A previously dangerous intersection in Prospect Heights is receiving some much-needed re-engineering. The three-way crossing at Atlantic, Washington and Underhill avenues saw 16 injuries in 2014, making it one of the worst in Brooklyn. Residents have been lobbying for years to get the city to make improvements.
The city has installed larger pedestrian islands, which are concrete medians that protect walkers. Also included in the upgrades are new turn restrictions, new crosswalks and new sidewalks. Pedestrians now have more time to cross the streets.
A resident who spearheaded the campaign to improve safety at this crossing said, “It feels like night and day.” He was seriously injured at the intersection in 2013.
The station for the C train subway is across Atlantic Avenue, forcing the majority of residents on the border between Clinton Hill and Prospect Heights to cross the street.
There were six injuries at the intersection this year through July 31.
The area is growing, and a new school will be developed in the neighborhood. The City Council representative for the neighborhood, Laurie Cumbo, said that the school and the growth of the neighborhood make it important to get it right.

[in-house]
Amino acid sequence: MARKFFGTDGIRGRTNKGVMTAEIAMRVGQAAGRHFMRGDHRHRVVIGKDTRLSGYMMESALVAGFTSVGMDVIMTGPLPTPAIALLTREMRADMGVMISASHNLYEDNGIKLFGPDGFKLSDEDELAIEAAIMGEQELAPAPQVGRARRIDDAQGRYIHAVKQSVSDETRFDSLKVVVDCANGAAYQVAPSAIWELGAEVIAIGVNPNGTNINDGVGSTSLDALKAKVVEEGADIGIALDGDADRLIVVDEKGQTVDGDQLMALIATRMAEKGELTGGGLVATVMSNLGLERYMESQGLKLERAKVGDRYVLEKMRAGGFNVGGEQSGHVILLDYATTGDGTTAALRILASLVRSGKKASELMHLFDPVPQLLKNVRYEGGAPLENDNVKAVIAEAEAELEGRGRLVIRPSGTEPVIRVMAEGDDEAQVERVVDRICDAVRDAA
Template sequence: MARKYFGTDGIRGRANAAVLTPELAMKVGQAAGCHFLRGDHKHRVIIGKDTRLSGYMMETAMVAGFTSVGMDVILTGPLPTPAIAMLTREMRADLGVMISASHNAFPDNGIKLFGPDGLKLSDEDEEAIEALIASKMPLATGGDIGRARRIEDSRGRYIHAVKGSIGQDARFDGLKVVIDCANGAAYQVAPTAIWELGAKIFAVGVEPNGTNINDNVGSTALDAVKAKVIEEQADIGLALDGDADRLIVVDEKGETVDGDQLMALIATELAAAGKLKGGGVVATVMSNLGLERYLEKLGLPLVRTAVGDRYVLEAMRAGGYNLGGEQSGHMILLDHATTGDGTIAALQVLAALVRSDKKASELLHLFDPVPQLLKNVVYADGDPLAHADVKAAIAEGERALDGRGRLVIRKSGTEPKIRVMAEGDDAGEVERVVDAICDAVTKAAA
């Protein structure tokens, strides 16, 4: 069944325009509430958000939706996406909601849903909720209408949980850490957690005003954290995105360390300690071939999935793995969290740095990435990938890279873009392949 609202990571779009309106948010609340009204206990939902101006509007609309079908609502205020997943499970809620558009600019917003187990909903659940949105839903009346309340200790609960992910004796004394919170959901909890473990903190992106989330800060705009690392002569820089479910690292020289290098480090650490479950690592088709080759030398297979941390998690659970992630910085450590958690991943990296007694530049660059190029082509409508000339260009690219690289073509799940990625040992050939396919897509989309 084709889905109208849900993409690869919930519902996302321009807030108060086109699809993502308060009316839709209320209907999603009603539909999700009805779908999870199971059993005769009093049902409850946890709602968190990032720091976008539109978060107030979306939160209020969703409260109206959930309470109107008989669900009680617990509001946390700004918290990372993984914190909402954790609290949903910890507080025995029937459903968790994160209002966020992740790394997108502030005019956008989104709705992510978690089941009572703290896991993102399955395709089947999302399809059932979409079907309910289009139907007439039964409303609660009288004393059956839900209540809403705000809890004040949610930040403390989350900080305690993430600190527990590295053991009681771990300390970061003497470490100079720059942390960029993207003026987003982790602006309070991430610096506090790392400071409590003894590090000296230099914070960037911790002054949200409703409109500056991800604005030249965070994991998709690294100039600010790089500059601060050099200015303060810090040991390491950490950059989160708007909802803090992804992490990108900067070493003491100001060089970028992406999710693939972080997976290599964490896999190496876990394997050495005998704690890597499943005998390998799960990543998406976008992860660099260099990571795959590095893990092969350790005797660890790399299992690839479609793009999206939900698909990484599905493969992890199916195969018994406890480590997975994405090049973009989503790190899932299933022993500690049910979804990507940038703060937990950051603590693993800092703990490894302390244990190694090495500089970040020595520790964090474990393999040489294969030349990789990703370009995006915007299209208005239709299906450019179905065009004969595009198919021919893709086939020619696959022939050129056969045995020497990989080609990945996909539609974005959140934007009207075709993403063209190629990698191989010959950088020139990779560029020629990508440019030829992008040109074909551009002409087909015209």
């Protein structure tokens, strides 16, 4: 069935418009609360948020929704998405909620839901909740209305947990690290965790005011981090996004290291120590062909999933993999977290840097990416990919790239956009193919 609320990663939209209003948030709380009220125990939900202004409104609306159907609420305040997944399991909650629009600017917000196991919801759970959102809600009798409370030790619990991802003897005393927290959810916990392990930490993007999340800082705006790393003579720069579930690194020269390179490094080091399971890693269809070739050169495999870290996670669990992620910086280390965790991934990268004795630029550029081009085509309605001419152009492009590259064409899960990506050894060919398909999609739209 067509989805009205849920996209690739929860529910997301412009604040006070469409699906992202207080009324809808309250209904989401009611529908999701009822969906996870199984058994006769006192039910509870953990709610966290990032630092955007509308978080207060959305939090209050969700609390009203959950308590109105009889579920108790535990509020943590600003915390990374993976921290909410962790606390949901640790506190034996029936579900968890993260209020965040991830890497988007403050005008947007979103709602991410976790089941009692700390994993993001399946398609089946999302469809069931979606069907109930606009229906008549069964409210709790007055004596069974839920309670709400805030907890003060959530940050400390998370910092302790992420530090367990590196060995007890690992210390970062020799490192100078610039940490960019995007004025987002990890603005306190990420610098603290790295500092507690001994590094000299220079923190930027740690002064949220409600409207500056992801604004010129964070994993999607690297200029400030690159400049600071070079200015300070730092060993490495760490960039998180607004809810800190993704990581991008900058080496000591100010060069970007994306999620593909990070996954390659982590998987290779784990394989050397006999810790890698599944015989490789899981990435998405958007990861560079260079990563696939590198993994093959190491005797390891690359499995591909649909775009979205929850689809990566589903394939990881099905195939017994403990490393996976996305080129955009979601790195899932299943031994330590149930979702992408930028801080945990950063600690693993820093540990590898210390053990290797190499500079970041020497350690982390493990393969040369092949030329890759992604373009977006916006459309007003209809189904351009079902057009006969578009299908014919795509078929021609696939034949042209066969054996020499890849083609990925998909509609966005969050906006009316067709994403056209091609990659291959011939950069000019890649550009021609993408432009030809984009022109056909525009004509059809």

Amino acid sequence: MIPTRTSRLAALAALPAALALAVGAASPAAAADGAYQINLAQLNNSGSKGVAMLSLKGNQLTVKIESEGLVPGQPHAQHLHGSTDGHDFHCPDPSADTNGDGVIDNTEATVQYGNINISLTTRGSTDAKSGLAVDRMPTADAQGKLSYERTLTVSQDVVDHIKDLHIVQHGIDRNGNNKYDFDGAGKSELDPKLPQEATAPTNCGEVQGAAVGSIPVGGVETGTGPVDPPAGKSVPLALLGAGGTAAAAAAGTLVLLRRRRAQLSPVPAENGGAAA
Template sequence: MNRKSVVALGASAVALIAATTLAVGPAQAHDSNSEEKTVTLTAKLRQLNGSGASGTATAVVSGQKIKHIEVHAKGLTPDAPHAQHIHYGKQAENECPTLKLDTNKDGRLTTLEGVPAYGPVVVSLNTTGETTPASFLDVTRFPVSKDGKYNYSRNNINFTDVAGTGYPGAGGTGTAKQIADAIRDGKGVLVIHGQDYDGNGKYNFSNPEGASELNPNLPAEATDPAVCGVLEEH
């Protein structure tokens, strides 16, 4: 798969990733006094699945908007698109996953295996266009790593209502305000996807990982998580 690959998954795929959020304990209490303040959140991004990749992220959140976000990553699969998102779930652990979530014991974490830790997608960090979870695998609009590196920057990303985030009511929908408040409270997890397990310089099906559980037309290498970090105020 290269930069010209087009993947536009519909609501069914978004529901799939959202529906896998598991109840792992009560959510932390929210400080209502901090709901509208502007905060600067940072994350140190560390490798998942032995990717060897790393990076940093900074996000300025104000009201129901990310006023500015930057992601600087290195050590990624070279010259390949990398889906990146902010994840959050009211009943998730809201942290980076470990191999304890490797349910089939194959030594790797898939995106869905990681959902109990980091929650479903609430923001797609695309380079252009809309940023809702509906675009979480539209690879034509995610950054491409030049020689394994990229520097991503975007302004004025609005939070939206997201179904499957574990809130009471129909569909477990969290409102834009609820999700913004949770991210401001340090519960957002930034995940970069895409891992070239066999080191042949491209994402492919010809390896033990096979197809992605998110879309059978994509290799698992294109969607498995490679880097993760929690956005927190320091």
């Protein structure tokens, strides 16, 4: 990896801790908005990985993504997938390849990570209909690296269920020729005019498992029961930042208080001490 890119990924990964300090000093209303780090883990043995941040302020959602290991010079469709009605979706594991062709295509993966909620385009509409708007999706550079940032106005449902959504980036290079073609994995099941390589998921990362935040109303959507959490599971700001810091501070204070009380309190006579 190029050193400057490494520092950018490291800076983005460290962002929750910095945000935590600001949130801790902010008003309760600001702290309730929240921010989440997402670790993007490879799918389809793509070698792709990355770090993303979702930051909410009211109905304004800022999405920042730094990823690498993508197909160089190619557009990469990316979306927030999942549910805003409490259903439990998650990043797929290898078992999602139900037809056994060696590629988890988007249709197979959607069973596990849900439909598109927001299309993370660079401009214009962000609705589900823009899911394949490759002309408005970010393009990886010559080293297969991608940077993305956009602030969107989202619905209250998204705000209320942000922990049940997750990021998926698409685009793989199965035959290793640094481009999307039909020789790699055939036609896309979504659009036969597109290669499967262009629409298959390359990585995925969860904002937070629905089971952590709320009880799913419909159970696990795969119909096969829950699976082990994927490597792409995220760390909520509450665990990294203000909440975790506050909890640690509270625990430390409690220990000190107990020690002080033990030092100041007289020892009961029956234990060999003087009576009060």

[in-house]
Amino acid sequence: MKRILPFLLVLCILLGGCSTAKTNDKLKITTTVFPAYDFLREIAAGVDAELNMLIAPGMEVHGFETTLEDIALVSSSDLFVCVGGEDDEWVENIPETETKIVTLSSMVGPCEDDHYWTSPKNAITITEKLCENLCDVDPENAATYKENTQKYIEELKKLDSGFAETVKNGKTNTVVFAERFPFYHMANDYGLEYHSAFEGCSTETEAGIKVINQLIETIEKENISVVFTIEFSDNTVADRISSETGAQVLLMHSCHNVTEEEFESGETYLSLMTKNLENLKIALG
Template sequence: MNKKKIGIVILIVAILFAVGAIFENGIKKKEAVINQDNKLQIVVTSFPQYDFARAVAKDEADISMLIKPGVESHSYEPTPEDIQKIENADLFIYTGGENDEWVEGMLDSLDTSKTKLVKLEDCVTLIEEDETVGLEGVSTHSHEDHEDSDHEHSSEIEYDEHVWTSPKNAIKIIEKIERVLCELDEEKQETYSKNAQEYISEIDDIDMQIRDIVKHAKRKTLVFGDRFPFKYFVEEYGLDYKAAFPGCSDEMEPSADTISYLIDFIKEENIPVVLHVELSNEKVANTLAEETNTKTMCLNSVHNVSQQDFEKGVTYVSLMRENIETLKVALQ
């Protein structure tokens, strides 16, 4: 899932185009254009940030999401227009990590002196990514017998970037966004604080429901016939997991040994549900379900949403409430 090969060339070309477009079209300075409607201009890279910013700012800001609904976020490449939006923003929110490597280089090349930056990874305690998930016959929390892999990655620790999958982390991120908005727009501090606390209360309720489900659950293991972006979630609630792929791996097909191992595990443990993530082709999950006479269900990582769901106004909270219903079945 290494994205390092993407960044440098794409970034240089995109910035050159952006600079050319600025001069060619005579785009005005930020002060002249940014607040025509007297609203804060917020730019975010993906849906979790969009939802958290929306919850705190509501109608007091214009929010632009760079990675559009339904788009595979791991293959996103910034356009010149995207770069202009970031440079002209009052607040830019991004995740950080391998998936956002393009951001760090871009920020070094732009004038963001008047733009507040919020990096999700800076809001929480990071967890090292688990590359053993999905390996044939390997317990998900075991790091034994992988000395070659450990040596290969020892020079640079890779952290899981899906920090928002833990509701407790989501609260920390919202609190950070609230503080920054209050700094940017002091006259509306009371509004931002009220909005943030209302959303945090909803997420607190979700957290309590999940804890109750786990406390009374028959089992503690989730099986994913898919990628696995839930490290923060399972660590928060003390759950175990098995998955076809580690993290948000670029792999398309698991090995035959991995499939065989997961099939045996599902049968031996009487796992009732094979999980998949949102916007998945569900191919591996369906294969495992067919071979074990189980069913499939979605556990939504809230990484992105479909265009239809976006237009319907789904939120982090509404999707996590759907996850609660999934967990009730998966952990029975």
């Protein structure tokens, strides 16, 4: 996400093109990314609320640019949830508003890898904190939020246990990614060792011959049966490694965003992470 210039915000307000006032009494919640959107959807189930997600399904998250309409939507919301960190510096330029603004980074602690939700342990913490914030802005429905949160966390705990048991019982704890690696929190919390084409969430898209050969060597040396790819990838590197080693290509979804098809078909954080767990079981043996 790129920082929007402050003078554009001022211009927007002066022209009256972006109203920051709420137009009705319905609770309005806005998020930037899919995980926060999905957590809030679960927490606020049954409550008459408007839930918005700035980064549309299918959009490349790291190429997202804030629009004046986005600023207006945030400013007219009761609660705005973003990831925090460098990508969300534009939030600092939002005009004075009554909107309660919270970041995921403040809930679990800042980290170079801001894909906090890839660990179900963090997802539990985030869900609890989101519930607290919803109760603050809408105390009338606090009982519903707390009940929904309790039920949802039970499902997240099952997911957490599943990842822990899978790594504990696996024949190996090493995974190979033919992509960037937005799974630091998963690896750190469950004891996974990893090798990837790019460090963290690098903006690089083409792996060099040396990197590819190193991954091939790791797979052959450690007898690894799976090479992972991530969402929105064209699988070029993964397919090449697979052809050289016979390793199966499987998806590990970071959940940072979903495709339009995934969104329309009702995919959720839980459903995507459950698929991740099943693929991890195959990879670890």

This is one of many street improvements designed to protect pedestrians, undertaken as a result of Mayor Bill De Blasio’s Vision Zero. However, not all improvements can be credited to the current mayor. In 2009, the city pedestrianized Times Square to reduce pedestrian injuries and fatalities. The result has been a sharp decline in pedestrian-vehicle collisions in Times Square.
Despite this improvement, the mayor is looking at reopening the plaza, citing an increase in panhandling by topless women and costumed characters. A task force is expected to report on the possibility this fall.
Although the city appears to be trying to reduce injuries and fatalities among pedestrians and cyclists, it is hard to imagine that they will cease altogether. The city is just too dense.